Positive Test Triples Migraine Risk in Women

Positive Test Triples Migraine Risk in Women
Positive Test Triples Migraine Risk in Women

This Positive Test Triples Migraine Risk in Women: The Flexion-rotation Test.

Migraine is a primary headache disorder and is considered the second most important cause of disability in the world.

It can be challenging to treat as there are many options available, including

  • medication
  • dietary changes
  • ear piercing
  • chiropractic
  • physical therapy
  • acupuncture and
  • vestibular rehabilitation.

The presence of neck pain is an important factor related to moderate-to-severe migraine phenotypes. Research has explored this concept and shows a close relationship of the musculoskeletal (cervical spine) impact between neck pain and migraine. Not all of migraine sufferers have some type of cervical (neck) impairment and it can be important to identify the characteristics of neck dysfunction in these individuals.

We find women are more likely to exhibit cervical impairment if they suffer from migraines. Reduced range of motion, strength deficits, and endurance deficits in the cervical musculature can cause these impairments.

We also find women are more likely to exhibit cervical joint hypomobility. Cervical joint hypomobility basically means there is stiffness or lack of motion in one or more levels of the spine. It normally correlates with the reduced strength and endurance of the deep muscles in the neck.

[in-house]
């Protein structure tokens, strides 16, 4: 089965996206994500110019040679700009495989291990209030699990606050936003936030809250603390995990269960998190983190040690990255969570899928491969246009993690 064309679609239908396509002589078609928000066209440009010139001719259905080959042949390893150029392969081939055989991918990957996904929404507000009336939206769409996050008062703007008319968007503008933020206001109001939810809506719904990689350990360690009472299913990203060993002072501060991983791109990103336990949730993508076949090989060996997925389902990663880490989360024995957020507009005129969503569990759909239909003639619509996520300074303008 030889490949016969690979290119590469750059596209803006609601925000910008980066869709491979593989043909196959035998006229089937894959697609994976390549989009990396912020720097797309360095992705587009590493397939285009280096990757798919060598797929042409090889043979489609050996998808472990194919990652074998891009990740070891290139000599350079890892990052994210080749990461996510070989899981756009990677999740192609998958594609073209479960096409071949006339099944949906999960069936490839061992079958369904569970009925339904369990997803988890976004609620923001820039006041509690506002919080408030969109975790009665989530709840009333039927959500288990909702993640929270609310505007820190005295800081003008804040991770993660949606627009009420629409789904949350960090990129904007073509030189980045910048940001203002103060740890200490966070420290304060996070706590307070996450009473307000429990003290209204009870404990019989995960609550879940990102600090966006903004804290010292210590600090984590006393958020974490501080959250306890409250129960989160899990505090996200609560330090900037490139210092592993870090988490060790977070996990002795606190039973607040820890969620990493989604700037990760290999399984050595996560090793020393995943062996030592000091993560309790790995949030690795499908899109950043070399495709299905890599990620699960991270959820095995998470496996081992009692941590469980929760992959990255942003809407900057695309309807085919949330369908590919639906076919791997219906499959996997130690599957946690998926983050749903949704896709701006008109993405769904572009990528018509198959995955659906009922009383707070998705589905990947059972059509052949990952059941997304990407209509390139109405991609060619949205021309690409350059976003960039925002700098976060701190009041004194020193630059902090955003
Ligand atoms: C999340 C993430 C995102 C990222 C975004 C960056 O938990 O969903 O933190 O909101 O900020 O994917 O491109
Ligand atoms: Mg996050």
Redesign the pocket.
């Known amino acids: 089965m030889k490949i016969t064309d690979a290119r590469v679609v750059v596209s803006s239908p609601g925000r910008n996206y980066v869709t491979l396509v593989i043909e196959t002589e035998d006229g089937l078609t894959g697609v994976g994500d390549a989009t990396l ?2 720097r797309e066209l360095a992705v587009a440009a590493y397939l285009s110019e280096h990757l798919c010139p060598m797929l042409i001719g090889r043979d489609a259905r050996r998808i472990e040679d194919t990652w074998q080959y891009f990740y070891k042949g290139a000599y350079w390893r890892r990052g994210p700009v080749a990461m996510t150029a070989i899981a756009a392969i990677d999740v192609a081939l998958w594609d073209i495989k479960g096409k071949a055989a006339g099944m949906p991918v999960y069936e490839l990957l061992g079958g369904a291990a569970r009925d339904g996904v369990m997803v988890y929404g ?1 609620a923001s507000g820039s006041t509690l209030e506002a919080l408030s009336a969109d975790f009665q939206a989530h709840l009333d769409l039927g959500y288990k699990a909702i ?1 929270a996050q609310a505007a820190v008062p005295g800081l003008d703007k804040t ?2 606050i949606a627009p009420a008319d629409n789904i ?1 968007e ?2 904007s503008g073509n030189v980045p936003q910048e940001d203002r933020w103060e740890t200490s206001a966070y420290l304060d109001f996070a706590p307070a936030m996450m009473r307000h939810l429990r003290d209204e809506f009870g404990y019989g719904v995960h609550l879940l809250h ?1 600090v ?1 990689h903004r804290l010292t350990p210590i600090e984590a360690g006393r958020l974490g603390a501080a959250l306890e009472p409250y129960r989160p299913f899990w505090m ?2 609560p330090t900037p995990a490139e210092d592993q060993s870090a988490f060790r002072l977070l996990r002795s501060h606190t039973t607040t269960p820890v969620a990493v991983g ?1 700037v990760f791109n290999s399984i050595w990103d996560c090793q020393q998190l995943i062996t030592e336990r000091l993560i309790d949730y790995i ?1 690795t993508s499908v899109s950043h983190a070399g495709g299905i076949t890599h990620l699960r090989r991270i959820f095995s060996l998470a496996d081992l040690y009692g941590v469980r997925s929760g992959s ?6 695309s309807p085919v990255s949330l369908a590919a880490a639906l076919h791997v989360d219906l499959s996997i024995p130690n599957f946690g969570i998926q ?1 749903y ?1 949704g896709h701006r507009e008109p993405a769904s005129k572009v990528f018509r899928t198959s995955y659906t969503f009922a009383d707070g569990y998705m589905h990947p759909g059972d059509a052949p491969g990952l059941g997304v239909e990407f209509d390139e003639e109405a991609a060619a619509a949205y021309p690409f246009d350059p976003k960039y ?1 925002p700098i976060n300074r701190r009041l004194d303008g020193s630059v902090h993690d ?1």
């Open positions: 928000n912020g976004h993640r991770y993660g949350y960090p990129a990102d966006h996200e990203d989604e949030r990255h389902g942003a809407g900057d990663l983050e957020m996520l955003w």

The Flexion-Rotation Test

Healthcare professionals commonly use the flexion-rotation test to assess cervical spine hypomobility. More specifically, they utilize it to identify rotational impairment in the C1/C2 segment.

This test was recently found to have a 3 fold greater association with the risk of a positive test than headache-free individuals by Oliveria-Souza et al in 2019. Here is a video of me performing this test several years ago:

Women with migraines show a higher prevalence of positive findings from the Flexion-Rotation Test (as demonstrated in the video above), and the frequency of migraine attacks appears to be linked to reduced and/or more painful C1-C2 mobility.

If you are suffering from migraines and are looking to have this test performed to determine if you have a cervical spine impairment, contact us for an evaluation.

Patients presenting with tension type headache should consider specialized physical therapy.   We provide a comprehensive treatment approach through our Headache Relief Program.

Don’t hesitate to contact us today so we can help you!